For this album, I made an effort to streamline the songs since I knew I wanted to have ten tracks, and didn’t want the album length to get out of control.  Our last two albums had a lot of stuff in the six and seven plus minute range, so as a change of pace I wanted to try to keep more of these songs in the five to six minute range to give them more immediacy and not risk overstaying their welcome or pushing the limits of people’s patience.  A few of them are a little longer because they needed a little more time for the ideas to be fully expressed, and I wasn’t going to compromise what felt natural.

CI:  I can not recall anything in particular since it has been sometime now since we wrote the album but I really feel like I “found myself” when we had finished writing it. Listening back to it I realized lyrically and this was actually while writing album seven also that everything worked on a level mentally and spiritually that I hadn’t even realized yet. VLBRNR is/was my way of realizing we as individuals are the abyss. VLBRNR is our guide into the abyss!

You’ve spoken before about how far ahead of release schedules you are with your recordings. How many Veilburner projects do you already have in the can waiting to go and what can people expect next time around?

MD:   We recently turned in the next album (which will be our seventh) to Kunal at Transcending Obscurity.  Musically, it will revolve around the number seven.  There are seven songs, and each song is exactly seven minutes long.  Songs three and four (which add up to seven) will be a fourteen minute, two part, conceptual epic.  The album title, song titles, and lyrical stanzas will all be multiples of seven syllables in length.

I can’t stress enough that despite the whole idea sounding seemingly very convoluted, we went to great lengths to ensure that everything has a natural-sounding flow and there is not a single point where anyone will feel like songwriting quality or album flow is being compromised to conform to some gimmick.  We are absolute sticklers for quality songwriting and an engaging album flow above all else, and nothing makes me cringe more than when bands, artists and filmmakers get too self-indulgent and lost in high-concept gimmickery when trying to chase artistic cred, and forget to make their work digestible or connectable with anyone. It would be like a chef serving people spoiled or undercooked/overcooked food, but expecting the diners to marvel at the spices, garnish or presentation. It just doesn’t work.  It only works when every ingredient and element of the whole is solid and plays nice with each other, and we’re extremely happy with the way everything seemed to naturally pull together for us when crafting the album.  If we ever came to a point where it just wasn’t working out to our standards, we would have abandoned the idea and moved on, but we’re thrilled that it progressed and developed so naturally, and it will be interesting to hear how it’s received.  I think Transcending Obscurity is going to try to get it out in late 2023 or early 2024.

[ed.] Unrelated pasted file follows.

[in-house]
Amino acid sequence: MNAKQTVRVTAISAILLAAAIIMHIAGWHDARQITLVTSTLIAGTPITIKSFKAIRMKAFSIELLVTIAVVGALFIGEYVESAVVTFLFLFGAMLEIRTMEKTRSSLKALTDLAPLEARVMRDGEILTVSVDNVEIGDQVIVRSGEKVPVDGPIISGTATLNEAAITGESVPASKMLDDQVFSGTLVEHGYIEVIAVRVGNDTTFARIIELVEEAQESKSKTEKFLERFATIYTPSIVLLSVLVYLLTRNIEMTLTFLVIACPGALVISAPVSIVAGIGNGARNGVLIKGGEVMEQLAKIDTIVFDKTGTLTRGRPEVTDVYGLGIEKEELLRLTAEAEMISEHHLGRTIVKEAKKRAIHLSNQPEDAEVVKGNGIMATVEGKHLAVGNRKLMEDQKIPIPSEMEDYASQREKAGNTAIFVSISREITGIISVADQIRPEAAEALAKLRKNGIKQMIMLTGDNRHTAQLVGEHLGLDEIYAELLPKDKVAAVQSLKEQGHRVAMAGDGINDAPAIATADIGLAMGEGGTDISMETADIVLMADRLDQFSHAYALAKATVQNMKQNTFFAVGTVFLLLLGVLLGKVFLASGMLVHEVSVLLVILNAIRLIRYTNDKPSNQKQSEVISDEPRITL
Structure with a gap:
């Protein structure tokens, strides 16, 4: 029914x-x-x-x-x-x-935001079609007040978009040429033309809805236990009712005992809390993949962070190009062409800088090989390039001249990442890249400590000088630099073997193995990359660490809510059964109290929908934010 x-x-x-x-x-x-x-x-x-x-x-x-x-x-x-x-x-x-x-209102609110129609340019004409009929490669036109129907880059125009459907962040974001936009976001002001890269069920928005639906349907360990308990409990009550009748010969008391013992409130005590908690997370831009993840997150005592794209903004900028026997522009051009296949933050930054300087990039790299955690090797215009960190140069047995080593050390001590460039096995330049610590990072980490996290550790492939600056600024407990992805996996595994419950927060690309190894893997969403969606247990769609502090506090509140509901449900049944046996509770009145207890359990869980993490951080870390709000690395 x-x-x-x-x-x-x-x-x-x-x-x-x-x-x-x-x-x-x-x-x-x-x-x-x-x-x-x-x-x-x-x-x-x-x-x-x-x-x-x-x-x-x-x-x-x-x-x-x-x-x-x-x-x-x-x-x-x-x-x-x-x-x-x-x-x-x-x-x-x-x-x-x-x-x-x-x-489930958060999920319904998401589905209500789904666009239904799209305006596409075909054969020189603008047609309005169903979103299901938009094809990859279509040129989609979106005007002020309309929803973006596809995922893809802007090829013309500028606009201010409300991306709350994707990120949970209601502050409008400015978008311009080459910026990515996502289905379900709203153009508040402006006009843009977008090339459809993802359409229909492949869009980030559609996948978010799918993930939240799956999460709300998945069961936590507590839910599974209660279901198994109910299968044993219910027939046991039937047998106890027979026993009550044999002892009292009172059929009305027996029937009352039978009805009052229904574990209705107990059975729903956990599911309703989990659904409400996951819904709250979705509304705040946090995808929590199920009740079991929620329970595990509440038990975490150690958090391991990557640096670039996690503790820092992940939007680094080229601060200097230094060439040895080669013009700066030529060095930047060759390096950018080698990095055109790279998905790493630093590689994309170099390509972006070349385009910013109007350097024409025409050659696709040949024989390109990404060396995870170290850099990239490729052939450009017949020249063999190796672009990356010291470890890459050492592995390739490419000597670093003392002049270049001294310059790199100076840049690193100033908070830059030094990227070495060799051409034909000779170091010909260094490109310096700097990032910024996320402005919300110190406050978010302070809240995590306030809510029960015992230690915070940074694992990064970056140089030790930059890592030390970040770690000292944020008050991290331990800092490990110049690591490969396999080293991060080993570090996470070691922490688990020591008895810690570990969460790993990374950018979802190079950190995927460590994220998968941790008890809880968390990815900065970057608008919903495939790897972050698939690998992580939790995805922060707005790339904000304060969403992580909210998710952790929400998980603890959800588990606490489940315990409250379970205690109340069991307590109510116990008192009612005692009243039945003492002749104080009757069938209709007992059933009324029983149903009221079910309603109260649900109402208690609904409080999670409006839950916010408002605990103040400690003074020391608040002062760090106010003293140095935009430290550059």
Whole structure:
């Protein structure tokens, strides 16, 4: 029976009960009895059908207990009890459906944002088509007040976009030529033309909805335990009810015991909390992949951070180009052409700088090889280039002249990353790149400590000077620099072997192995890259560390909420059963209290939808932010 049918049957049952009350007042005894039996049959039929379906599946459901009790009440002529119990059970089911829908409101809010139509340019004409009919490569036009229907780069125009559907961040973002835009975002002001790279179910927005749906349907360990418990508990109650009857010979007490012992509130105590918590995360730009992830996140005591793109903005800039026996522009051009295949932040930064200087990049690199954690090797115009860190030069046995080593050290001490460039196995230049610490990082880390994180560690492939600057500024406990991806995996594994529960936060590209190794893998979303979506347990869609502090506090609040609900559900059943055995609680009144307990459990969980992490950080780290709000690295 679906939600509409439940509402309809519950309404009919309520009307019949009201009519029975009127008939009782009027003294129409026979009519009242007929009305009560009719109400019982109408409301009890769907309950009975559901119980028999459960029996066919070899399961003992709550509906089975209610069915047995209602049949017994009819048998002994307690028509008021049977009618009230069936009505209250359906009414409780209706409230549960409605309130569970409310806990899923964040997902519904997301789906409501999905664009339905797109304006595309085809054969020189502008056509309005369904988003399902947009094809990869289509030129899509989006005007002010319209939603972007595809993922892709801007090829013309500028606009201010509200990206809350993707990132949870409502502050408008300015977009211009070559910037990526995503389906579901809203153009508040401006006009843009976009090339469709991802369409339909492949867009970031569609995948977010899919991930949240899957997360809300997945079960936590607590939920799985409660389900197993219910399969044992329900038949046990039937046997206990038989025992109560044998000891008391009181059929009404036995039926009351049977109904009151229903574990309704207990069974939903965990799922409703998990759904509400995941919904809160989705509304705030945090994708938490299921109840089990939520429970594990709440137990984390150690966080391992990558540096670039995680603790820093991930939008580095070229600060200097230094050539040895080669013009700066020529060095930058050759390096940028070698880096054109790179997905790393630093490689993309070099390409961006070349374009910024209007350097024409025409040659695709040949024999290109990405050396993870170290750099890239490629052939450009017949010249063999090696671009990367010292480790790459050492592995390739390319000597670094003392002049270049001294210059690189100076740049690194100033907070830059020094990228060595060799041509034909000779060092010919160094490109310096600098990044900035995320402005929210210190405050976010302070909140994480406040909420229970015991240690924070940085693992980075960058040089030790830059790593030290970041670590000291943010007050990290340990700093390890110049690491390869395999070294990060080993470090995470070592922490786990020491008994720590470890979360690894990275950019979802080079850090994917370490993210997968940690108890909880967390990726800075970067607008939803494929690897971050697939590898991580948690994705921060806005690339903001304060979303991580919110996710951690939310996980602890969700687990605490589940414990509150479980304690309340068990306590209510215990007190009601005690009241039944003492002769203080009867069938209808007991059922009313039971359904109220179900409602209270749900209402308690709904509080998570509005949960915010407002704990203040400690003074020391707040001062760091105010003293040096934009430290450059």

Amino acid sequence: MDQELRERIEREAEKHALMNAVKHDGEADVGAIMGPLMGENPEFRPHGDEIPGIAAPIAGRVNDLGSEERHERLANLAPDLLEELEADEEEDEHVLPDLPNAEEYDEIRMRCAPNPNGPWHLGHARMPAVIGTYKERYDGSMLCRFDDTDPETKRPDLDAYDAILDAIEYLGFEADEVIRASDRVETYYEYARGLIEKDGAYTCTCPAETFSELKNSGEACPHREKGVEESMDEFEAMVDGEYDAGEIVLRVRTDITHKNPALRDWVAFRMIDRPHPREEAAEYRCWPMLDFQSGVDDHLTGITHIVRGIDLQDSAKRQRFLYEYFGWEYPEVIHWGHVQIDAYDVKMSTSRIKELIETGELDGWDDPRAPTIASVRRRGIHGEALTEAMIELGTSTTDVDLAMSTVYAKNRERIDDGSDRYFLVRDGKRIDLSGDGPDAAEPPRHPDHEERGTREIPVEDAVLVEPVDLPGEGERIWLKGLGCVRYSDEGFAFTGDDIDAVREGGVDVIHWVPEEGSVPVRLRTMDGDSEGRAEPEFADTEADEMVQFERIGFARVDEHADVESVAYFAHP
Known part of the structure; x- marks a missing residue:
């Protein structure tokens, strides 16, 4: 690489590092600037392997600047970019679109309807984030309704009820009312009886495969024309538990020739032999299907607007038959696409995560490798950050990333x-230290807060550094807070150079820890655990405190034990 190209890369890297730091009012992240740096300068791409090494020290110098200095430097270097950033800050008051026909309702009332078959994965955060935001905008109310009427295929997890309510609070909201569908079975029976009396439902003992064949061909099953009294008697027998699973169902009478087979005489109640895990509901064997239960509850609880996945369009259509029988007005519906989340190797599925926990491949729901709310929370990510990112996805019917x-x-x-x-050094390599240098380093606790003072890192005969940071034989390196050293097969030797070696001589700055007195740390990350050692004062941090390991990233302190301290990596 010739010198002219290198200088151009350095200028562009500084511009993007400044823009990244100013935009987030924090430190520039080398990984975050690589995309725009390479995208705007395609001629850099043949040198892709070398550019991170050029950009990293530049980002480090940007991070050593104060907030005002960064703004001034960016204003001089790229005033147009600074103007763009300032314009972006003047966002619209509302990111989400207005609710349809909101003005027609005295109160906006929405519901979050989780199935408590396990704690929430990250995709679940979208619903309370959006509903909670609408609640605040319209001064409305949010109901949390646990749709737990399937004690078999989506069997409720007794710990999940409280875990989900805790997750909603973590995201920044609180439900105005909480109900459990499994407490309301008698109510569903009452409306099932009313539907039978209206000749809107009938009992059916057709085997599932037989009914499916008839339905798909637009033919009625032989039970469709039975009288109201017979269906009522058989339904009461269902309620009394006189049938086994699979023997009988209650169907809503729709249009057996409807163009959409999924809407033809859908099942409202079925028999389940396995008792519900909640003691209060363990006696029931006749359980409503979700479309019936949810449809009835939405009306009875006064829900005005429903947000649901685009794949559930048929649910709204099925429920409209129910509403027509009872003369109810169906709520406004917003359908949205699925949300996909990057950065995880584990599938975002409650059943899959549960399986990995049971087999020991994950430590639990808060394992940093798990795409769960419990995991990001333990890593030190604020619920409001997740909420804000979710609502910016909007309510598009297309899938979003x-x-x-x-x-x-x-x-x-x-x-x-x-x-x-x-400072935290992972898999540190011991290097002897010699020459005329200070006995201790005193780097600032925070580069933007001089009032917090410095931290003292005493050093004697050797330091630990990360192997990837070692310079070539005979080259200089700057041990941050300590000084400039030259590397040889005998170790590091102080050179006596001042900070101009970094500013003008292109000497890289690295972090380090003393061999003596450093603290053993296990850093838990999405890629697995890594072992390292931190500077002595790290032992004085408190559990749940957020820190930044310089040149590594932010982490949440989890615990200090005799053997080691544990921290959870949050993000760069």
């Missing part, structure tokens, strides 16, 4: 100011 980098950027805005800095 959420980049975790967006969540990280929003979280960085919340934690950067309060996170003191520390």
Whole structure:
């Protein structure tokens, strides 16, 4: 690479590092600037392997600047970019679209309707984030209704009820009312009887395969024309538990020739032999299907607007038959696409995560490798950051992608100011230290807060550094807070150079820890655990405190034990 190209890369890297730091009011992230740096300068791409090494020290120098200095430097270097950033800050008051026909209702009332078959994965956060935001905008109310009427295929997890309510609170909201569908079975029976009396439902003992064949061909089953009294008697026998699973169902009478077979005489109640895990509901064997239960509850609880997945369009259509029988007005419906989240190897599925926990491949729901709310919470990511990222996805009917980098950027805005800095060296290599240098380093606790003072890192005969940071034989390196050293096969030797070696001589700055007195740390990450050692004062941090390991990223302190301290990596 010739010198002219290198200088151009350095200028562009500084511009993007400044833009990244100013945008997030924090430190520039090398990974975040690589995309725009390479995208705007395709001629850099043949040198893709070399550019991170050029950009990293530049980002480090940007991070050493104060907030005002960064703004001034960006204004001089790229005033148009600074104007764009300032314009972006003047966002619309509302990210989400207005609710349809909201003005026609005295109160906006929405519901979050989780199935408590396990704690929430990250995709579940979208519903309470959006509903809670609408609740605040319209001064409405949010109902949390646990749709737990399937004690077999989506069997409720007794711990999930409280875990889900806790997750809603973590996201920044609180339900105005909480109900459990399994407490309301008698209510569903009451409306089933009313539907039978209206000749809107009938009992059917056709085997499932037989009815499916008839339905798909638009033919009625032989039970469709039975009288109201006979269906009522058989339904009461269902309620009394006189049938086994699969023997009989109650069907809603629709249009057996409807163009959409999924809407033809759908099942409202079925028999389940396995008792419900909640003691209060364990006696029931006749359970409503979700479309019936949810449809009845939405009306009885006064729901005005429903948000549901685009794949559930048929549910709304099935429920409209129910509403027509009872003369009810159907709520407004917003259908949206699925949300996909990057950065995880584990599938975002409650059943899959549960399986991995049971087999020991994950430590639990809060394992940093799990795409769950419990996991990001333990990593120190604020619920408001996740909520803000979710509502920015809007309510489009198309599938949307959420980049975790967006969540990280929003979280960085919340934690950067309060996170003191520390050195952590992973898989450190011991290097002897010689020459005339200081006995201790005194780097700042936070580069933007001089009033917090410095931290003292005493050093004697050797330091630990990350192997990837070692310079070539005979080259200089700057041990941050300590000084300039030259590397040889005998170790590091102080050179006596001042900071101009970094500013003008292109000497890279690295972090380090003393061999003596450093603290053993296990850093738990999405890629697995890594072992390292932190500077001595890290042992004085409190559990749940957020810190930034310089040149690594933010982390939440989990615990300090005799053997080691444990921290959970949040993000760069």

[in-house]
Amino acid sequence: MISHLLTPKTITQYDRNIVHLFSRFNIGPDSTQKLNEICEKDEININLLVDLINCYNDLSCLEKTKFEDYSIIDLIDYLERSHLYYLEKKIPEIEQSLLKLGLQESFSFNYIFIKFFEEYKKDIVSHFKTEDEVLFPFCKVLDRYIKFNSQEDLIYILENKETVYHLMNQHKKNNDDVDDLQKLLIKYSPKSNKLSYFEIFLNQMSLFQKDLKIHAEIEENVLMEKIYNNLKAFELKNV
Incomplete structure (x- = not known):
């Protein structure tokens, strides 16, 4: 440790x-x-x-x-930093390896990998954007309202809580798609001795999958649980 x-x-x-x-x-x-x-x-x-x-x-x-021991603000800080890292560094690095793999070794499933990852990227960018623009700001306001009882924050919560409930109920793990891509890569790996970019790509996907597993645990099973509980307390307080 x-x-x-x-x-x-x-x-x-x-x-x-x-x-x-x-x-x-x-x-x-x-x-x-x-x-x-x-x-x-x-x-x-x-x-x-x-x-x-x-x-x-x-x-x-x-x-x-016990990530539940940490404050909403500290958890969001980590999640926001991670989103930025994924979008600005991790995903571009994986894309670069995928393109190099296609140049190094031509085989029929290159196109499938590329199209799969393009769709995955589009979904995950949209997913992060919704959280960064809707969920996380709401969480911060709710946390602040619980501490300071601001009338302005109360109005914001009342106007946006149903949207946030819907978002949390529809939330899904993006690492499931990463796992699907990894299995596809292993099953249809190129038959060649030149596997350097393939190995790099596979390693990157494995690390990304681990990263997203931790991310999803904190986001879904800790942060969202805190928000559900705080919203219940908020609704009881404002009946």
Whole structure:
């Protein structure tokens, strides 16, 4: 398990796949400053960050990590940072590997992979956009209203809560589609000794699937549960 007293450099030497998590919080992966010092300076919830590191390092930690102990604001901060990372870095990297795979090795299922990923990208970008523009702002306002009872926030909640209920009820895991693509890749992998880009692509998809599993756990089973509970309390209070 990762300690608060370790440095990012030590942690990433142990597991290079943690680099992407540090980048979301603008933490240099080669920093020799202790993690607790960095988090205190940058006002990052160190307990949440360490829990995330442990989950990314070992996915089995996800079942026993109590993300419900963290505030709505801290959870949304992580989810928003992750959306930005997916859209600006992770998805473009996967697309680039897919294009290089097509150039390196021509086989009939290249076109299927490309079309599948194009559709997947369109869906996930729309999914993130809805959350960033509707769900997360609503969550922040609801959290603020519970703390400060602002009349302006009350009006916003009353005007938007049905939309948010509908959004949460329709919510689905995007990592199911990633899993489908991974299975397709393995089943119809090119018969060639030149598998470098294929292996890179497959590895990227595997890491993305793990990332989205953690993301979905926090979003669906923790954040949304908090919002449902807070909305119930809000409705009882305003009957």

Other than that, we have the music for the eighth album finished, and we are in the process of working on the lyrics, titles, and themes.  I have just started working on the music for the 9th album, and at the time of this writing I have the first song finished.

CI: The future is very bright and I feel like we just keep growing and even though seven had a lot going on with it idea wise, it is an extremely organic album. Seven is my magnum opus lyrically up to this point, I am proud of everything we have done so far but as I mentioned earlier, on a personal level album seven answers everything I was searching for and helped me realize those answers were with me all along.

As a little fantasy exercise if you could bring in anyone to collaborate on a future Veilburner project, who would you like to work with and why?

MD:  I took a bit of time to think about this one.  If it were for a Veilburner album, I wouldn’t want it to be someone I would have to share the music writing duties with, since it’s my own personal sanctuary and I’d be hesitant to change that or let someone else in at this point.  I would definitely want it to be a drummer, for practical reasons.  That would get me out of having to program the drum tracks, which would be a huge time-saver for me and would add more authenticity to the finished product, which I think people would appreciate, especially those who don’t like programmed drums. It would need to be someone who could take direction and learn the parts quickly and intuitively, show up on time and be reliable.  Basically, a solid session drummer with a good reputation who we could have an easy working relationship and potential friendship with, and there are lots of good ones.  Back in 2005, I had a band called The Tenth Circle and we hired Tim Yeung to do session drums for our album.  He had just finished a stint with Vital Remains and was looking to move out to the west coast, so we helped each other out.  We got a great drummer to play on our album and he got money to help with his relocation.  He was fantastic to work with, very professional, and knew exactly what we wanted.  He got the job done quickly and we had a good time doing it.  I’d definitely work with him again if we could budget for his time and a good studio to record him in. I’d love to catch up with him and hear about his experiences in Divine Heresy, Morbid Angel, and all of the other stuff he’s been involved in since he went out west.